While talking about being more aggressive, Nimmo’s walk rate in August of 22.9% is his highest in any month this year, while his strikeout rate of 22.9% nearly matches his April rate (22.4%).
Nimmo has worked through a frustrating injury. He has addressed both sides of hitting: the physical and the mental, adjusting his swing mechanics when he fell into bad habits, and working on learning when and how to be aggressive and selective. That, as his manager said, is development.
Nimmo’s 2013 in Table Form
|Through April 21||.424||.513||.576||1.089||80||10||14||12.5||17.5||.152|
|May 28-July 31||.228||.343||.305||.648||234||31||76||13.2||32.5||.077|
Sure, the Matt Harvey news is devastating to Mets fans. But there are still minor league games and teams and three more affiliates in the short-season levels, two of whom have strong shots at the post-season.
SSA – New York Penn League
The Cyclones are 0.5 game out of the division lead in the McNamara Division, and a playoff spot with 10 games to play. The Cyclones have won three games in a row while the Aberdeen IronBirds in front of them have won two straight. The Cyclones have two games left against the Ironbirds next weekend and six against the Tri-City ValleyCats (HOU) who have the league’s second-best record at 40-25. If they make the playoffs, this Brooklyn team will have earned it.
Prospects You Care Most About: SS Gavin Cecchini has had a big August (.349/.396/.398 – 22 games) to pull his overall line to .287/.329/.331 in 42 games at age 19. 2013 draftees LJ Mazzilli (4th rd) and Jared King (5th) will both play in the upper levels of the minors and have chances to be MLB contributors someday.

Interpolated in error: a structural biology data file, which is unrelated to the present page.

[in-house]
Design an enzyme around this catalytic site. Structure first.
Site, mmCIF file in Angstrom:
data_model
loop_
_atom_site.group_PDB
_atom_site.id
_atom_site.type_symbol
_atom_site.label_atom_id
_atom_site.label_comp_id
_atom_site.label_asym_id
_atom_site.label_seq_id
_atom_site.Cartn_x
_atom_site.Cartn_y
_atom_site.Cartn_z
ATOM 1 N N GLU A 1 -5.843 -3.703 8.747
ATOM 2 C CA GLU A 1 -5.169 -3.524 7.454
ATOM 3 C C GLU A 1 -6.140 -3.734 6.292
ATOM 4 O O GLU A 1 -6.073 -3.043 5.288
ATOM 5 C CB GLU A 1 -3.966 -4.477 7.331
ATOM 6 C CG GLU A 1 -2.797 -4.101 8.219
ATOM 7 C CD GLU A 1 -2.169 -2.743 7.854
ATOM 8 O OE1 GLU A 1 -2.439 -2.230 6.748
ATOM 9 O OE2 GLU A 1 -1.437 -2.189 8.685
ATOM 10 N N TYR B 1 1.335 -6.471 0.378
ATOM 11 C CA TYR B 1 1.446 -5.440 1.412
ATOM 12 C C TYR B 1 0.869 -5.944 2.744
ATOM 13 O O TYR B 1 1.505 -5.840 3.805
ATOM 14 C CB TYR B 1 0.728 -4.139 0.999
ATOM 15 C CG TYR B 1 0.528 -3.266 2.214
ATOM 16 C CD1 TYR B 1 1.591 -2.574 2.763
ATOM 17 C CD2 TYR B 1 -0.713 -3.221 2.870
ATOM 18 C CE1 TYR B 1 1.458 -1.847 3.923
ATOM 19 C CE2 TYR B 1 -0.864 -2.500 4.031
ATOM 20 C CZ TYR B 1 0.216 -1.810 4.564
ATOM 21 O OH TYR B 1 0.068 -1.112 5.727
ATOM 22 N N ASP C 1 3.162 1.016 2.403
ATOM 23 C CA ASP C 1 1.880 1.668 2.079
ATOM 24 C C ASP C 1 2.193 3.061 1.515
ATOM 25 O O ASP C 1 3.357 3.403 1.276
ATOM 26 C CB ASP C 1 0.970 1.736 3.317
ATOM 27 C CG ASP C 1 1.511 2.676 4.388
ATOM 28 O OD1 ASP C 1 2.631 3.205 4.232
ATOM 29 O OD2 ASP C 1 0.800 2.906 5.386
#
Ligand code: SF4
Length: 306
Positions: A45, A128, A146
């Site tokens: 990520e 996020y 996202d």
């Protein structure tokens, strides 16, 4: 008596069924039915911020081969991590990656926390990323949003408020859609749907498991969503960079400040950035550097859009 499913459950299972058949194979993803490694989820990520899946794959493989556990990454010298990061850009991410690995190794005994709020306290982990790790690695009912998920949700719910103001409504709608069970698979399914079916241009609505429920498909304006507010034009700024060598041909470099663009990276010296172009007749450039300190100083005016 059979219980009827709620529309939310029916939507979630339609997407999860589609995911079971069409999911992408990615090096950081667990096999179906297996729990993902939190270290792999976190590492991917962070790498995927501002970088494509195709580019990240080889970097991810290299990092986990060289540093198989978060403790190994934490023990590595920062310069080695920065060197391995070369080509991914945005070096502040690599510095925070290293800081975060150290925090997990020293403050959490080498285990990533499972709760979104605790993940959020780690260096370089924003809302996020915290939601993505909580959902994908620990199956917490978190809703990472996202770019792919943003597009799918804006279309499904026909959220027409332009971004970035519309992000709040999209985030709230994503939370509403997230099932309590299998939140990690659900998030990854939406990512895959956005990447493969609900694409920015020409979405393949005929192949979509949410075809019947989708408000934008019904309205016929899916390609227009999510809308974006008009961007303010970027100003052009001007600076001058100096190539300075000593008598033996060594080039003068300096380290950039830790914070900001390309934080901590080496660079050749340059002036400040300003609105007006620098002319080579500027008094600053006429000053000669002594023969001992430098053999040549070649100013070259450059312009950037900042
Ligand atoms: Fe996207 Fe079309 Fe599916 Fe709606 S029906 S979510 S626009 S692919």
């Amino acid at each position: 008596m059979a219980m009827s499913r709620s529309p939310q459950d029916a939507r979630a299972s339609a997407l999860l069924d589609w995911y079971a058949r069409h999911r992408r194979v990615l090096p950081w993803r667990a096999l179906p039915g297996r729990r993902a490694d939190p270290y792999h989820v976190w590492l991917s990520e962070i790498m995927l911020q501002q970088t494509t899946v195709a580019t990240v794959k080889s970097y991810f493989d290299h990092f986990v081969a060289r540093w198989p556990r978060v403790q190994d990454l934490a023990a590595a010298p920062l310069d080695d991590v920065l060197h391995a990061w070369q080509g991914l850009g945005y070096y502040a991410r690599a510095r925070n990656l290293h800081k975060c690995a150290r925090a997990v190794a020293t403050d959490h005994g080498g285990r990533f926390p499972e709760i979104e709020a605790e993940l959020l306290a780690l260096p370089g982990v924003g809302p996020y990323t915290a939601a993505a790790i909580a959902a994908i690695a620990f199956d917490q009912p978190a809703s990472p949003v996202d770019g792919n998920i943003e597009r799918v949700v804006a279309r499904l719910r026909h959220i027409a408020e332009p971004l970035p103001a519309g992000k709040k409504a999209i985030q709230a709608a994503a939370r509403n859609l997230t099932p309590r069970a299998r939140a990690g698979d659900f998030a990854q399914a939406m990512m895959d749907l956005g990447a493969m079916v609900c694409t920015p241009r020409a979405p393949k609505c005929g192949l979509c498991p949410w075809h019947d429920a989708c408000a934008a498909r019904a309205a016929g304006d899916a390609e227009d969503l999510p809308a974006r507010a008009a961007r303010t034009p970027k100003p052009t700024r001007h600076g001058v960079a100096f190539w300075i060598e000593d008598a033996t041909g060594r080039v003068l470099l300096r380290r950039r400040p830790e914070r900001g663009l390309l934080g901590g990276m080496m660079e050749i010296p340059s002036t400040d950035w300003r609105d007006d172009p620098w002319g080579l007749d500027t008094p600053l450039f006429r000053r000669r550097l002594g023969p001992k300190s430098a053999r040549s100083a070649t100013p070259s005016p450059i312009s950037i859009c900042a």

Robert Gsellman, is big, young, has something like an average MLB fastball and a chance to pitch in a big league rotation someday. We discussed him at more length this weekend.
Rookie – Appalachian League
The Kingsport Mets have dropped two in a row to slip 0.5 game out of first, but merely need to finish in the top two in the West division to make the playoffs. Kingsport is two games up on Johnson City and 2.5 up on Elizabethton with five games to play. However, the KMets finish up with two more games at Bluefield and three games at home against Pulaski, the top two teams in the East Division, both of whom have played above .630 baseball all year.
Prospects You Care Most About: Amed Rosario. Signed for $1.75 million last summer. Hitting .244/.277/.368 at age 17. Incredibly young, raw.
Champ Stuart – CF with exciting tools. Plus runner. Plus arm. Strong forearms. Really interesting package hitting .231/.385/.328 as the 6th round pick in this year’s draft.
Rookie – GCL
The GCL Mets are 19-38 and ahem, not headed to the GCL post-season.
Toby Hyde, Mets Minor League Blog:
Friday afternoon, the Pacific Coast League announced
that with the Tucson Padres heading to El Paso, the League will realign for the 2014 season.
The Mets AAA affiliate, at least for one more year, through the 2014 season, will be the Las Vegas 51s.
Here are the new four-team divisions.
Pacific Northern (Blue): Fresno, Reno, Sacramento, Tacoma
Pacific Southern (Green): Albuquerque, El Paso, Las Vegas, Salt Lake
American Northern (Baby Blue): Colorado Springs, Iowa, Oklahoma City, Omaha
American Southern (Yellow): Memphis, Nashville, New Orleans, Round Rock
Here, lets put this on a map for everyone.